Libraries may digitize books without permission, EU top court rules

Copying the work to a USB stick is also allowed, but only if the rights holder gets paid, the CJEU said

European libraries may digitize books and make them available at electronic reading points without first gaining consent of the copyright holder, the highest European Union court ruled Thursday.

The Court of Justice of the European Union (CJEU) ruled in a case in which the Technical University of Darmstadt digitized a book published by German publishing house Eugen Ulmer in order to make it available at its electronic reading posts, but refused to license the publisher's electronic textbooks.

Eugen Ulmer sought to prevent the university from digitizing the book and also wanted to prevent users of the library from printing out the book or copying it to a USB stick for use outside the library, the CJEU said in a news release.

Under the EU Copyright Directive, authors have the exclusive right to authorize or prohibit the reproduction and communication of their works, the CJEU said. However, the directive also allows for exceptions or limitations to that right, it said.

"This option exists notably for publically accessible libraries which, for the purpose of research or private study, make works from their collections available to users by dedicated terminals," it added.

The directive does not prevent EU member states from granting libraries the right to digitize the books from their collections, if it becomes necessary for the purpose of research or private study, to make those works available to individuals through dedicated terminals, the CJEU ruled.

"The right of libraries to communicate, by dedicated terminals, the works they hold in their collections would risk being rendered largely meaningless, or indeed ineffective, if they did not have an ancillary right to digitize the works in question," the court said.

Even if the rights holder offers a library the possibility of licensing his works on appropriate terms, the library can use the exception to publish works on electronic terminals, the court ruled. "Otherwise, the library could not realize its core mission or promote the public interest in promoting research and private study," it said.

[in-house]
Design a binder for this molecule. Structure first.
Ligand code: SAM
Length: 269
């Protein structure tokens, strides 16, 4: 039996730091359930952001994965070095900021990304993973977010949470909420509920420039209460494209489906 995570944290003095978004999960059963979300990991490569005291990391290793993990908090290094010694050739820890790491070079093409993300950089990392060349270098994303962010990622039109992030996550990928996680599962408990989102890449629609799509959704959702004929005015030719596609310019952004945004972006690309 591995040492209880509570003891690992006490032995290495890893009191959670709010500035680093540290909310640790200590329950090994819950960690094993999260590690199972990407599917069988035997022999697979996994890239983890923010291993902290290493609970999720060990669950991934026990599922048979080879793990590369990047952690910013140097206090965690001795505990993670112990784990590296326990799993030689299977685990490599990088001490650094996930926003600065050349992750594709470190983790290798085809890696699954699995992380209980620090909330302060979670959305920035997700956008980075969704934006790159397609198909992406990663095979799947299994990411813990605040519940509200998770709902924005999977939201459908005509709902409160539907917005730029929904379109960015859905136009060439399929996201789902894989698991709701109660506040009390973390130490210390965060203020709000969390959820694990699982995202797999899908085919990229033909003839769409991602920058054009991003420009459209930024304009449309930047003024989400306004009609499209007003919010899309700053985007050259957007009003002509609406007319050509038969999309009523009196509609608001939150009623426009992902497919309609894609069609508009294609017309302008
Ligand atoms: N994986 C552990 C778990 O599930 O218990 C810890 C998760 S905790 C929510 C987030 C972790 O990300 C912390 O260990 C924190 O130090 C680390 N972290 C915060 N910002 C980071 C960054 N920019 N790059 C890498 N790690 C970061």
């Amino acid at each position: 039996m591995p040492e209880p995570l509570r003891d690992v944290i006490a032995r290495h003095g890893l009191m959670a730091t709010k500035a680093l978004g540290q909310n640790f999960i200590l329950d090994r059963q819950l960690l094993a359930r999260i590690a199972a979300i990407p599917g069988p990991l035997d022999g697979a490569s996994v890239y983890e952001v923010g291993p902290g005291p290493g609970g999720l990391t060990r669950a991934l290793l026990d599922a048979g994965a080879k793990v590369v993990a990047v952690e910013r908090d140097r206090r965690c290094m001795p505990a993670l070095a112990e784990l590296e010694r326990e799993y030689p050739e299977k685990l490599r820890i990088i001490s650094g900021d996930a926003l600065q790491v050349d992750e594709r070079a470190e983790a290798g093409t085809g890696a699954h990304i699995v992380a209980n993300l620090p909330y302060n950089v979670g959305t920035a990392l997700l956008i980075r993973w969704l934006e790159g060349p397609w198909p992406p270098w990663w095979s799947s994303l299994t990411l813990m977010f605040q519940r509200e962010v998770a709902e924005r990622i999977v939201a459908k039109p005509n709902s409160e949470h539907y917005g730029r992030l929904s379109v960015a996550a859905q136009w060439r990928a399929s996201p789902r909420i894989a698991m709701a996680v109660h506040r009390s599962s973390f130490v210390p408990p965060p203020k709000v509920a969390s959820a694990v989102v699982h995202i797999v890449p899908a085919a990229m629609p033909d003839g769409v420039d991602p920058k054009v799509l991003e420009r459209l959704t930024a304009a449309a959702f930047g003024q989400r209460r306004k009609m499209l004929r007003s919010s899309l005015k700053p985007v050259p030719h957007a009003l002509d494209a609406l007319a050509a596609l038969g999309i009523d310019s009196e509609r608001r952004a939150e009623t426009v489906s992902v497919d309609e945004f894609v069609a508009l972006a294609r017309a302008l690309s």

However, libraries cannot permit visitors to use the terminals to print out the works or store them on a USB stick, the CJEU said. By doing so, the visitor reproduces the work by making a new copy. This copying is not covered by the exception, particularly since the copies are made by individuals and not by the library itself, it said.

The library could however permit the users to print or store the works on a USB stick if fair compensation is paid to the rights holder, the CJEU said.

The CJEU's ruling followed the advice given to the court in a formal opinion in June by Advocate General Niilo Jääskinen. He said that libraries should be allowed to digitize books without consent, but copying an electronic book to a USB stick or printing it should be illegal.

The case will now go back to the Federal Court of Justice of Germany that had asked the CJEU to clarify the scope of the copyright directive. The CJEU does not decide the dispute itself. It is for the national court or tribunal to dispose of the case in accordance with the CJEU's decision, which is binding on other national courts or tribunals before which a similar issue is raised.

Loek is Amsterdam Correspondent and covers online privacy, intellectual property, open-source and online payment issues for the IDG News Service. Follow him on Twitter at @loekessers or email tips and comments to loek_essers@idg.com

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Loek Essers

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